What We Can Learn From This Magnificent Migration

Photograph: Sandhill cranes flying to roost at sunset in West Tennessee in 2017.Credit…Graham Gerdeman

 Margaret Renkl, a contributing Opinion writer, is the author of the books “Graceland, at Last: Notes on Hope and Heartache From the American South” and “Late Migrations: A Natural History of Love and Loss.”

NASHVILLE — Last week, waking up on the day my husband and I planned to visit Wheeler National Wildlife Refuge, outside Decatur, Ala., my very first thought was, “Today I get to see the cranes!” I don’t remember the first time I heard the distinctive burbling cry of the sandhill cranes rolling overhead during the spring migration, but I’ve been looking for a free winter morning to see those cranes up close ever since. Immense flocks of sandhills — 15,000 at Wheeler alone — spend winter at several wildlife refuges within a few hours’ drive of Nashville.

The trailer for “Wings Over Water,” a short film released last year and still playing in IMAX and giant-screen theaters, brought the cranes back to the top of my wish list. Gorgeous footage captures the crucial role that North American prairie wetlands play in the lives of both humans and birds, including the sandhill crane.

Cranes look like prehistoric creatures, and indeed, the majestic sandhills — standing nearly four feet tall and mostly gray, with a startling crimson crown — are among Earth’s oldest bird species. And one potential bonus of seeing sandhills in winter is that highly endangered whooping cranes, the only other crane native to North America, migrate with them, overwintering in the same wetlands.

Whooping cranes declined so precipitously during the last century that the total population once numbered only 21 birds. They are now protected by the federal Endangered Species Act. Two recognized subspecies, the Mississippi sandhill crane and the Cuban sandhill crane, are also endangered, largely because of habitat loss. But overall, the sandhill cranes are in good shape, for now, numbering some 650,000, according to the American Bird Conservancy, and their numbers are increasing.

One of winter’s greatest pleasures is the way birds flock up when the territorialism of nesting season gives way to the need for safety (and, for songbirds, warmth). Gathering in great numbers sets many avian eyes and ears to the problem of detecting predators, simultaneously reducing the odds that any one bird will be picked off. Predators, of course, know exactly where they will find prey — that’s why bald eagle populations increase around wetlands where cranes and shorebirds overwinter — but for defenseless birds, combining forces when the trees are bare is a way to compensate for a season offering fewer places to hide.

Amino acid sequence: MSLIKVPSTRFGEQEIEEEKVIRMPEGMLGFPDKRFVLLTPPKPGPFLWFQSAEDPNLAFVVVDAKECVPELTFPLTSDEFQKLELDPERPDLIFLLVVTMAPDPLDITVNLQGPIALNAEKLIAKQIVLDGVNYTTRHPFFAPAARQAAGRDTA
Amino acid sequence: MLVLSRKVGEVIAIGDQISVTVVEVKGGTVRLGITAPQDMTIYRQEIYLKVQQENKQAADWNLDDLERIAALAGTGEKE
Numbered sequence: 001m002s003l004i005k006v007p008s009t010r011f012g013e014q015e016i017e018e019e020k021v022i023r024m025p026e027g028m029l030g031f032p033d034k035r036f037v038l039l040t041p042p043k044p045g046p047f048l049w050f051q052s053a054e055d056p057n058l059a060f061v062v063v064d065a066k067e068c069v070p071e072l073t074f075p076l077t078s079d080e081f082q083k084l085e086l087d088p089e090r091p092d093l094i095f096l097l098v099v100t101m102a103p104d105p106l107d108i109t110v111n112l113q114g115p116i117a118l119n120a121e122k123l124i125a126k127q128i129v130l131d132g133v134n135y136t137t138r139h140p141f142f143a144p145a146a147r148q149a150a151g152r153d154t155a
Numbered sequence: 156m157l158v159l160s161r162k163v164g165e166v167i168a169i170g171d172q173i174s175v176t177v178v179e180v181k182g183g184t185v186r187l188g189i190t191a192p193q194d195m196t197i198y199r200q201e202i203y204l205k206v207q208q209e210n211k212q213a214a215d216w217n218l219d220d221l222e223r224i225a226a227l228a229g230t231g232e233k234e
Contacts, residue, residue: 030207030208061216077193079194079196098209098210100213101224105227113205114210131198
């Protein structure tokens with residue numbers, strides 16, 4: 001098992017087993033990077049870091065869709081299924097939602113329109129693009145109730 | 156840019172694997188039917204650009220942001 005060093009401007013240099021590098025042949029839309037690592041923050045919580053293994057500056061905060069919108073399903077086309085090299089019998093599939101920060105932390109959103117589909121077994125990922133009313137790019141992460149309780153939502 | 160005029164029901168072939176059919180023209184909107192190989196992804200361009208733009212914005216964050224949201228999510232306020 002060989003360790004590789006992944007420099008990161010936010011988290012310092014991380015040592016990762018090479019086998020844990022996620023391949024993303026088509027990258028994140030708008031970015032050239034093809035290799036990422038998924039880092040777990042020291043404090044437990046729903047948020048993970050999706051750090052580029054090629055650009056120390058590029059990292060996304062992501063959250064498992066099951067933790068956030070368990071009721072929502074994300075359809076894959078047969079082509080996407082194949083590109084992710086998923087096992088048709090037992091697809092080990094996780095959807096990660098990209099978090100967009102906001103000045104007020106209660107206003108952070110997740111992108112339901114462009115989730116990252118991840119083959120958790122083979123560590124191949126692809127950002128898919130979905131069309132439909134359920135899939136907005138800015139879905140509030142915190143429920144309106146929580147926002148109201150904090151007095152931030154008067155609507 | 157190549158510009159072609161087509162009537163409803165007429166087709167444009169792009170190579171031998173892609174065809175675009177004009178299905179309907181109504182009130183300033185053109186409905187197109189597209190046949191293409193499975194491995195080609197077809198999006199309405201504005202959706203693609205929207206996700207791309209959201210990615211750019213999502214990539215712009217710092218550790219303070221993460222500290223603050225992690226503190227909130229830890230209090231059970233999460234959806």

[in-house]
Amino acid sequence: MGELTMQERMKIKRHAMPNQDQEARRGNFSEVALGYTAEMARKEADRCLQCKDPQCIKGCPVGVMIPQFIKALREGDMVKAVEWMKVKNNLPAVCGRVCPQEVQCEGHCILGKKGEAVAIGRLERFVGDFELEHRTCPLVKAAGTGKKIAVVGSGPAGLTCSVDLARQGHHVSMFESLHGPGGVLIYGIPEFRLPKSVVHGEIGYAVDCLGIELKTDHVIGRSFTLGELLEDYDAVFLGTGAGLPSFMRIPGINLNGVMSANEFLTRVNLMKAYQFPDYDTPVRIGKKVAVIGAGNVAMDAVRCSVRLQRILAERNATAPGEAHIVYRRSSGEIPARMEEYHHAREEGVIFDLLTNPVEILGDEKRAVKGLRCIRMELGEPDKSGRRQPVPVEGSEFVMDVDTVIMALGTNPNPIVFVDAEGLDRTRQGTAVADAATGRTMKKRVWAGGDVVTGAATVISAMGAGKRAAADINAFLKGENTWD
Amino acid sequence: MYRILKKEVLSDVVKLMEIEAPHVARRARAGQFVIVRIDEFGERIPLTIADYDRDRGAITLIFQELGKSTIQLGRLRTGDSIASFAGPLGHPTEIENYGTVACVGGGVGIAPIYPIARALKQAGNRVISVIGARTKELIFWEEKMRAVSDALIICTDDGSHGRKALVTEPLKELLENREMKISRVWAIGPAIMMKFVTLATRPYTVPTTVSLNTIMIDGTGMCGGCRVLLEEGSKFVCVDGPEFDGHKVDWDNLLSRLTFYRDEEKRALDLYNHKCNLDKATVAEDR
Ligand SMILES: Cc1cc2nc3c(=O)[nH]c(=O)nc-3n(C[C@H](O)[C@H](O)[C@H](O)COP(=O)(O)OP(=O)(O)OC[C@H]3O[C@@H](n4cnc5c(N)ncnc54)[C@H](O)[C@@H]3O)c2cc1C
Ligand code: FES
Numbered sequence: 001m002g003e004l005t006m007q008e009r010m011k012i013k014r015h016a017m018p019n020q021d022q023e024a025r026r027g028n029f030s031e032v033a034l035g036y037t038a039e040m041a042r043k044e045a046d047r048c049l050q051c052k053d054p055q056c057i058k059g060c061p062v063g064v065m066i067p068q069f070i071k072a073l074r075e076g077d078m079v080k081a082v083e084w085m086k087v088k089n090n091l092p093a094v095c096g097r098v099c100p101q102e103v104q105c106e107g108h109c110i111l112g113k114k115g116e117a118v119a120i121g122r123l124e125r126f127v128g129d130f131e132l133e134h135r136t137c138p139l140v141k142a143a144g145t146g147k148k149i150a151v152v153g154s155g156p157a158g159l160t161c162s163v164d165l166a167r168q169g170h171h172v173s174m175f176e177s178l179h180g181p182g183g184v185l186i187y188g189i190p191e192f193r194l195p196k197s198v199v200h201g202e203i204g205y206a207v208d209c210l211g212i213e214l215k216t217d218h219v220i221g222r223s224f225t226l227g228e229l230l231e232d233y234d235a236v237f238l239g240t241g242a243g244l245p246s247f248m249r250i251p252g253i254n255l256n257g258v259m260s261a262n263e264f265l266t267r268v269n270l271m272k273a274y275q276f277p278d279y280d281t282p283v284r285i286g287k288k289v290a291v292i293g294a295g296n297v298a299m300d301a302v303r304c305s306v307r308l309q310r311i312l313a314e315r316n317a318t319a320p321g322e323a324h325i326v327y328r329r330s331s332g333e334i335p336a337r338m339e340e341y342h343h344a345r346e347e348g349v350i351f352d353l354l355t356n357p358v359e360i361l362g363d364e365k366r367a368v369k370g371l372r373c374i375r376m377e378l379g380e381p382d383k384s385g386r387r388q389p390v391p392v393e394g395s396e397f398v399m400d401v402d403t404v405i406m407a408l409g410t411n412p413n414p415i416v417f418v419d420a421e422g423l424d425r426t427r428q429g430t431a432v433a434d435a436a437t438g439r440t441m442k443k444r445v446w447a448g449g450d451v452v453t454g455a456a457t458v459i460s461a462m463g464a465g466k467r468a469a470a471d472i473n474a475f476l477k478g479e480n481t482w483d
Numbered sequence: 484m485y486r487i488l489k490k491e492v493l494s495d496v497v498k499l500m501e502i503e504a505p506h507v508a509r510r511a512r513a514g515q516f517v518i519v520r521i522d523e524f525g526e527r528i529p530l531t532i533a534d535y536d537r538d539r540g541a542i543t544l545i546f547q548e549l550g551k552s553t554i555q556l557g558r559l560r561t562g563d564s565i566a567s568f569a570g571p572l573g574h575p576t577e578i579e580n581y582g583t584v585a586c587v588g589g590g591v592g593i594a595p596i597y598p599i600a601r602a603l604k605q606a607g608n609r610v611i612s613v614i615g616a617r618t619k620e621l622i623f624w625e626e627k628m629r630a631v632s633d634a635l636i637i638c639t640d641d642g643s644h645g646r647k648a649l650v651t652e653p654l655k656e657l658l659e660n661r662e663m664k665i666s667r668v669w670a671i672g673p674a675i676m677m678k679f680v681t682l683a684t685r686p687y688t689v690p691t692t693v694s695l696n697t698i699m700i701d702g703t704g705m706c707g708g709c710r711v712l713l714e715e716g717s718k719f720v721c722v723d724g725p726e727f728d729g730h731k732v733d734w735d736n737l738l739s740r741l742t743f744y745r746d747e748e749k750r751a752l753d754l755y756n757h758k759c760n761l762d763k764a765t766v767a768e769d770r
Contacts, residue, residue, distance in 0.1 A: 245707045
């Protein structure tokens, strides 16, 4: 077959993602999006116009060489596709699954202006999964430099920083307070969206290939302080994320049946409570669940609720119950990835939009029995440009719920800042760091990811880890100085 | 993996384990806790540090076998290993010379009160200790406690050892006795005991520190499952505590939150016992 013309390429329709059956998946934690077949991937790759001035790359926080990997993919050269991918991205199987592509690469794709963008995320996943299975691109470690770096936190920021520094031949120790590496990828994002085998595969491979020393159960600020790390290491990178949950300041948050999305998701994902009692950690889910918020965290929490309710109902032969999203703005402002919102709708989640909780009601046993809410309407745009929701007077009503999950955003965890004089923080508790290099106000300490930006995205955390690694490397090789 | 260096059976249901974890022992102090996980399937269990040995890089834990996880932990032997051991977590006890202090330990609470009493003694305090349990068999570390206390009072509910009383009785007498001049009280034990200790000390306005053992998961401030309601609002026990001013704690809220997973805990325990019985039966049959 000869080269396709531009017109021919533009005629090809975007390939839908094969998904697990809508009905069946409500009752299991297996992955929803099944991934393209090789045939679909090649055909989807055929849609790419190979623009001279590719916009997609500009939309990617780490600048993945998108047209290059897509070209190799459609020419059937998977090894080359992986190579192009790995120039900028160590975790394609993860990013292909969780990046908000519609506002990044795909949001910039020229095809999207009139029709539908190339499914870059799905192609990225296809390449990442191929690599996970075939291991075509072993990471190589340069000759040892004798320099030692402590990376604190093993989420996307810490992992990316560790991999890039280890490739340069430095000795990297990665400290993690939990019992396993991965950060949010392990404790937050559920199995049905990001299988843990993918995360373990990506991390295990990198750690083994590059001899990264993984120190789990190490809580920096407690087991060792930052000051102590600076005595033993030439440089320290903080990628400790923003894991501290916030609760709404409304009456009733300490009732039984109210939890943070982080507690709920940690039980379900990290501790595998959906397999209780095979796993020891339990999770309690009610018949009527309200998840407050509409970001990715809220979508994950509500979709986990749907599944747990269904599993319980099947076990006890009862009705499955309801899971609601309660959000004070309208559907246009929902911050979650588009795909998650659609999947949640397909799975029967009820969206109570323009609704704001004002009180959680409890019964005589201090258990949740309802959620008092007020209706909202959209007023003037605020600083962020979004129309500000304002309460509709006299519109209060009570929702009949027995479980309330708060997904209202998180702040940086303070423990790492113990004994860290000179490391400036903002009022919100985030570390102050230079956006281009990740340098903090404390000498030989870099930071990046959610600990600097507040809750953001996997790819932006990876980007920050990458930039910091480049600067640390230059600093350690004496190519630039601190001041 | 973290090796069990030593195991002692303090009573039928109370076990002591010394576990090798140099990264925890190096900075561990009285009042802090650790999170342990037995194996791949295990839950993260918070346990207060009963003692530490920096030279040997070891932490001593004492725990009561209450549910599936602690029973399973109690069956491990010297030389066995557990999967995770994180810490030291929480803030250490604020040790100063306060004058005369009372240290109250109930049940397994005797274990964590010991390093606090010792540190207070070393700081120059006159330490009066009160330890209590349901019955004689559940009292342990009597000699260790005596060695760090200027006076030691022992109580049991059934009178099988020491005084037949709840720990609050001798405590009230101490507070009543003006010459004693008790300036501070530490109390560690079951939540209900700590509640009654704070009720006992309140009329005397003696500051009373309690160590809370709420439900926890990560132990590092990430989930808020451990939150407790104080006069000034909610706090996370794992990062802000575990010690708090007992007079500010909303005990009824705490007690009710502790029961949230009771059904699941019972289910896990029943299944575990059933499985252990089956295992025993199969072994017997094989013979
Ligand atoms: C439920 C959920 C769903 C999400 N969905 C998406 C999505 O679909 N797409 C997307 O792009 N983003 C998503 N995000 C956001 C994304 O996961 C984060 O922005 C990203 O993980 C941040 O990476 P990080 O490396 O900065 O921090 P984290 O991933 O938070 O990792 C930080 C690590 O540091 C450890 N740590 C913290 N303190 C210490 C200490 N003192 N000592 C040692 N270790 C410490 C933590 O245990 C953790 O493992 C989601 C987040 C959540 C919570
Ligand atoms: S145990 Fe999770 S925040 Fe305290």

As we were driving south on I-65 heading for Wheeler, my husband noticed a murmuration of starlings in the distance, and reflexively I reached into the back seat for my binoculars. No binoculars and no camera with the zoom lens, either. Both were still on the kitchen table.

No matter. I went mainly for the collective anyway. I’m a hopeless sap for collaboration in every possible expression — orchestra and choral performances always bring tears to my eyes — and the starlings did not disappoint. Swirling and wheeling, the flock first appeared as a dark cloud on a sunny day. Then it reshaped itself into a trapezoid, reformed again as a rolling wave and finally as a river that poured out of view as we drove.

Wheeler National Wildlife Refuge is a 35,000-acre sanctuary that encompasses both banks of the Tennessee River. The refuge includes a vast range of habitats: bottomland hardwood forests and upland piney woods, open water and open fields, creeks and rivers, shorelines and sloughs, backwater and embayments. All are managed to provide habitat for a range of creatures, migratory and resident: 115 species of fish, 74 species of reptiles and amphibians, 47 species of mammals and more than 300 species of birds. Wheeler is the easternmost national sanctuary of the Mississippi flyway, the great migratory corridor that runs up the center of the country.